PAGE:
In war as in war, silence is permitted: keep silent yourself and silence others. It?s not just permitted, it’s obligatory. Here is another good reason to call this a war. War makes it possible to mobilize, call to the flag and unite the ranks of the people, which most of the time are more interested in the seacoast of Antalya than in any West Bank outpost. Only in war are we permitted to have media that sound more like the briefing room of the IDF Spokesman. In war, propaganda is all right. Using the word ‘war’ also validates war crimes, which might be prohibited in just a plain operation. If it’s war, then let’s go all the way: white phosphorus shells in the streets and artillery against population shelters; hundreds of women and children killed; strikes against rescue units and supply services. Hey, this is war, right?
War also gives rise to poetry of its heroism. True, we will never again have songs like we had after the Six-Day War. Arik Lavie will no longer sing the lyrics of Yoram Taharlev: “We are past Rafiah, like you wanted, Tal, against the enemy we charged, and those who fell, fell. We passed by the fallen, we ran forward, Tal.” (Major General Israel Tal commanded the division that captured Gaza in 1967.) It’s true that we will never again sing “Nasser is waiting for Rabin, ay, ay, ay,” or “Sharm al-Sheikh, we have come back to you again.” But songs there will be, for sure. We have already had one rhymester wit in this war: “Hamas in Damascus is disconnected, the leadership in Gaza is dejected, the military wing is defecting, Hamas is screaming as expected.” Cute, eh? (Lyrics as recited by the cabinet secretary, Oved Yehezkel, in a press briefing on Sunday about the briefing to the cabinet by the director of Military Intelligence.) Whoever the wag is, we already have our first war song, as boastful as “Nasser is waiting for Rabin.”
The swaggering lyrics go hand in hand with doublespeak. “The houses have to be distanced from the border,” a learned military analyst explained incisively last week, referring to what needs to be done in Rafah along the “Philadelphi” route. “To distance the houses from the border,” as though these were homes marked for conservation in the old Sarona neighborhood of Tel Aviv, on which the Kirya – the defense establishment compound – now stands. Why, you just slide them onto tracks and move them a few meters down the road. Has the learned analyst seen the Rafah homes opposite Philadelphi in recent years? Most of them have long since been reduced to rubble. People lived in them, a great many people, who have nowhere, but nowhere, to go. Now there are hundreds more destroyed homes, which we have “distanced from the border,” so to speak.
We “liberated” the territories, “preempted” the terrorists and “preserved order,” the order of the occupation; consolidated the occupation with a “civil administration,” being careful not to cause a “humanitarian disaster,” jailed people in ?administrative detention,” killed with “neighbor procedure,” murdered with “rules of engagement” and liquidated “senior figures in Hamas”; children “died from their wounds,” adults were killed with “rubber bullets,” a 6-year-old child who is killed is a “youth,” a 12-year-old youth who is killed is a “young man” and both are “terrorists”; we established a “crossings unit” which is a network of roadblocks, and a “coordination and liaison directorate” which hardly coordinates or liaises between anything; we killed “gunmen” and “wanted individuals” and people “required for questioning,” all of them “ticking bombs.”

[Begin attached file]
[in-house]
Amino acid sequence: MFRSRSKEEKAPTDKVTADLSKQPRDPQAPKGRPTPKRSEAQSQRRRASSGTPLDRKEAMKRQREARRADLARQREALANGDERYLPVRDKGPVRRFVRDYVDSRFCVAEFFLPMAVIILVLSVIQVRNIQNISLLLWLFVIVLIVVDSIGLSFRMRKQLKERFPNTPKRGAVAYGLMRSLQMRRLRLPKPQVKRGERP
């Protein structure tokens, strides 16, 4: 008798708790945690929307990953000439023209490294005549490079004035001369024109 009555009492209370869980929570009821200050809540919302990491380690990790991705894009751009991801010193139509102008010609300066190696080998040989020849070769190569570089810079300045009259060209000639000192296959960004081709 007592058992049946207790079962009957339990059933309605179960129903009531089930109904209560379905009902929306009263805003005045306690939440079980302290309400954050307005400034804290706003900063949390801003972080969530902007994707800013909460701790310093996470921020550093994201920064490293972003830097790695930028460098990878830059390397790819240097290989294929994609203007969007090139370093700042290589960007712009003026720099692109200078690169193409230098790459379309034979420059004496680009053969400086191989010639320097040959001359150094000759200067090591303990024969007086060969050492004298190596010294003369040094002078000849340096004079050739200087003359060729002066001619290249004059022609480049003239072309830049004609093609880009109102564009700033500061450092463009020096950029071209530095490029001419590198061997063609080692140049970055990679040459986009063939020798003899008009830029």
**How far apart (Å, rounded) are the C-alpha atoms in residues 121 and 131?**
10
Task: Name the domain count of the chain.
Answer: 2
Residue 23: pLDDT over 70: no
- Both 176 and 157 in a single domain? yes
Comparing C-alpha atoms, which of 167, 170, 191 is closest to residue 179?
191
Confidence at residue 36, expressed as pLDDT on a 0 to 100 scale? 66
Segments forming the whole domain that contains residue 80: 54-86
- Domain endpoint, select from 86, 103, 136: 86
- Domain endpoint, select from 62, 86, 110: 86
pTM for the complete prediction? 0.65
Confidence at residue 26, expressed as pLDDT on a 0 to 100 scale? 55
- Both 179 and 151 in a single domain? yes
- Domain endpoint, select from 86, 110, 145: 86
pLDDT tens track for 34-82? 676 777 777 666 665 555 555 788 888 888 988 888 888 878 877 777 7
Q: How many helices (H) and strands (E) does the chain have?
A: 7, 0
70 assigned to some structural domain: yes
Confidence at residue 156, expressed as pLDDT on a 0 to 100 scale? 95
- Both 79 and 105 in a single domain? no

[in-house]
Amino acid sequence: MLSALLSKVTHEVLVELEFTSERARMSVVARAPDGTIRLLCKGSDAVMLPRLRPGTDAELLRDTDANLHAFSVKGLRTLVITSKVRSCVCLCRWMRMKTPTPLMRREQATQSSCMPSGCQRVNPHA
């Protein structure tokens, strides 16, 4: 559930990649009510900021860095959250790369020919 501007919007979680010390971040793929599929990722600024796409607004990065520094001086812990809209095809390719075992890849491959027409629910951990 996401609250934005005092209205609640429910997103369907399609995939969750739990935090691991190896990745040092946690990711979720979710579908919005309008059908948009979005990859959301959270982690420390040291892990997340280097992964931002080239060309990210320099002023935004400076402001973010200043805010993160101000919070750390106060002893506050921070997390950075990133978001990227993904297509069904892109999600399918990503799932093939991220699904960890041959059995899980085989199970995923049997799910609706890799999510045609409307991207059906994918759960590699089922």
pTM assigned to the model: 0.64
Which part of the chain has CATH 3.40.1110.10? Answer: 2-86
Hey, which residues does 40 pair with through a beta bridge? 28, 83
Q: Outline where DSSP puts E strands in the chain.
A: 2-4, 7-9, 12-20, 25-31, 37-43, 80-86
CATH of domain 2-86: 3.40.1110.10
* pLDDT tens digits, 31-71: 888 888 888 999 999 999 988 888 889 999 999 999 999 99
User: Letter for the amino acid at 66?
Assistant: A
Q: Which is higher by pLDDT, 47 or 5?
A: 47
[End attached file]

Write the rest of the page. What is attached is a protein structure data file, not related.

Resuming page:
Now we have a “humanitarian corridor” and an equally “humanitarian” cease-fire. The “bank of goals” is also a friend.” People “in shock” exist only in Israel, no one has gone into shock in Gaza. “Children of the south” live only in Sderot. Hamas fighters are “terrorists” and “Hamas activists,” too, are not entitled to the honorific title of “noncombatants,” so their fate is the same. Every postman of the Palestinian postal service, every policeman, every government accountant and maybe also every doctor working in Hamas’ non-civil administration is considered an activist of the organization and therefore is to be killed before he kills us.
Our air force bombs and levels “targets,” sometimes also “structures,” never houses. Israel demands a “security zone” in Gaza, and security is always ours, only ours. Only my colleague at Haaretz, Amira Hass, dares, with characteristic courage, to call the tens of thousands of new homeless people in Gaza, made homeless by us, refugees for the second and third time in their lives; dares to call them “displaced persons.” A term that is so heavily charged and fraught with history. But these DPs have nowhere to escape the horrors of the “war.”